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Goldfish Flipover Disease - Swim Bladder Disorder

swim bladder diseaseFlipover Disease or sometimes known as Swim Bladder Disorder is very common illness seen affecting Goldfish. Flipover disease will cause the fish to list or swim on one side and it will struggle to maintain balance and buoyancy in the water. At the advanced and critical stage of the disease, goldfish will float upside down and most of the time it will stay that way. When this happens, usually there is little chance for recovery and the only cure in sight, is by using surgical procedures conducted by veterinarians. Therefore, it is very important to treat early symptoms as soon as possible once it is detected so that it won’t come to that advanced stage.

Goldfish flipover disease is often associated with poor water quality with high nitrite and nitrate levels. Research conducted has reasons to believe that high concentration of these harmful chemicals will cause dilation of capillaries affecting the air sac and then leading to inflammation and swelling. Since the air sacs functions to control buoyancy and help to fish swim, failure of the organ will cause the fish to flipover. Other hypothesis seems to suggest that parasitic infection and intestinal problems could also be among the probable causes but this has yet to be supported by clear evidence.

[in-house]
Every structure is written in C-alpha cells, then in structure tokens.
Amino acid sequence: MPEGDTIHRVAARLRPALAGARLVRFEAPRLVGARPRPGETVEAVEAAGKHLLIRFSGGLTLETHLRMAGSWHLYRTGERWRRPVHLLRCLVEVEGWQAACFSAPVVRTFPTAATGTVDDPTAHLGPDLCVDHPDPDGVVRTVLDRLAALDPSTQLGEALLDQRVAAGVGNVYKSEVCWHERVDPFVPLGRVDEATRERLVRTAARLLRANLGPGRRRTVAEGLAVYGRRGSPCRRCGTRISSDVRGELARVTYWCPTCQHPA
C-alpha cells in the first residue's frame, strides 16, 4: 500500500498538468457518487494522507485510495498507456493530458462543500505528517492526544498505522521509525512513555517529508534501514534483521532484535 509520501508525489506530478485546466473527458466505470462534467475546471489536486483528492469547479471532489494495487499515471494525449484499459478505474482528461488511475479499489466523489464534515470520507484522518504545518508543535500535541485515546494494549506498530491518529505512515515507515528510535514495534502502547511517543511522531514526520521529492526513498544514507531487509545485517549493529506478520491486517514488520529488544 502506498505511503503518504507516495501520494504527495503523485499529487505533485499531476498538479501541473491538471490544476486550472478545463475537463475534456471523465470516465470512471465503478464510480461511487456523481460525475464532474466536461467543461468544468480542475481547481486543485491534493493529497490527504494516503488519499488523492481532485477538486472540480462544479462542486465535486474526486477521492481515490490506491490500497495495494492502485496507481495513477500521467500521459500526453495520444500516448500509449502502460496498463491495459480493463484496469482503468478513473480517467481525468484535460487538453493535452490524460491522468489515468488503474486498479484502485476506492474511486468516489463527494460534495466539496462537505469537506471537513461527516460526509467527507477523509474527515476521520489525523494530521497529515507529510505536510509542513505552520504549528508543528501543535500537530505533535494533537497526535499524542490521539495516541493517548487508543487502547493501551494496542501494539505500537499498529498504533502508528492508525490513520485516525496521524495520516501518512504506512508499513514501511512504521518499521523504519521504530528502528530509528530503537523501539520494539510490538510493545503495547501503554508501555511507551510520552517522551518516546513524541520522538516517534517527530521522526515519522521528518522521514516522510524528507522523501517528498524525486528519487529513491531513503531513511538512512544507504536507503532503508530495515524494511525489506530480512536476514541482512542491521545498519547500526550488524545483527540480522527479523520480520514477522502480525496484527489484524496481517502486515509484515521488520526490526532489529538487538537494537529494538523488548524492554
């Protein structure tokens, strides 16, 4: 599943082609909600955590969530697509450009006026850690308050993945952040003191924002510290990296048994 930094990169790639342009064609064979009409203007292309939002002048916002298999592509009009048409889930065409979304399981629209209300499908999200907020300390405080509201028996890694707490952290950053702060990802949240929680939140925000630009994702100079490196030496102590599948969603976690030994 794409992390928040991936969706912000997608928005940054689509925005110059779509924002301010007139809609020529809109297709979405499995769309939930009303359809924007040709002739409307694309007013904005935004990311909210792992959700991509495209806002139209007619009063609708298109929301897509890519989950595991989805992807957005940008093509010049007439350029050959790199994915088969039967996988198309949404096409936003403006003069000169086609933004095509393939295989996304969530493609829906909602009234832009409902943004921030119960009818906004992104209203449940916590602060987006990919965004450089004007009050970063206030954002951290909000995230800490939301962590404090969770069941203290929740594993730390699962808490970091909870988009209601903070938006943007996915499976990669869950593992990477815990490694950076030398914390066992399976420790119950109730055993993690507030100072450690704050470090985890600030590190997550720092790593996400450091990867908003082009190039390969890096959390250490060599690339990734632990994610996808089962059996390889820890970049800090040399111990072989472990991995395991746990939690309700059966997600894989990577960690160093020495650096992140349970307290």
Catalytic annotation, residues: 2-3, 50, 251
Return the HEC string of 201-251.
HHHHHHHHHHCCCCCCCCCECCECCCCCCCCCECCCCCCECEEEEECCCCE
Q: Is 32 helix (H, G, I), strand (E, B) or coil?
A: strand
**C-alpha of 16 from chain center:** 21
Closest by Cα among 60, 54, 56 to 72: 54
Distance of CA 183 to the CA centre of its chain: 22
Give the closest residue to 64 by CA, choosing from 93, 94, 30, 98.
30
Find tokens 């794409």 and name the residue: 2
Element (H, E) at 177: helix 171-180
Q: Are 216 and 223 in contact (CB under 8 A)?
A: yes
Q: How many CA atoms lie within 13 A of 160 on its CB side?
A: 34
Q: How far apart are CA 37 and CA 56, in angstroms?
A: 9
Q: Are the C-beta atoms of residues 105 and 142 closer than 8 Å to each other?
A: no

Another probably cause of flipovers or swim bladder disorders is temperature shock resulting from large water change. It is very important that the temperature of the fresh water should be confirmed close (around 2-3degC difference) or the same with temperature of the old water before adding in. This will prevent shock effecting the air sacs and prevent it to function normally.

Usually early signs of flipover disease can be treated by changing the diet plan to feed only peas. Frozen small fresh peas should be tossed into the water for the goldfish to eat wholly. Immediately conduct at least 50% water change and test for the nitrate and nitrate levels. An ideal level for nitrites should be close to zero or less than 0.5ppm while nitrates should be kept below 50ppm. Use aquarium water test kits to help you on the testing and if found that the chemicals are still at dangerous levels, increase frequency of water change. Remember to ensure that the temperature of the fresh water is almost the same as the old one in order to prevent escalating the condition.

Related Topics:
» Mouth and Fin Rot
» Dropsy
» Ich or White Spot

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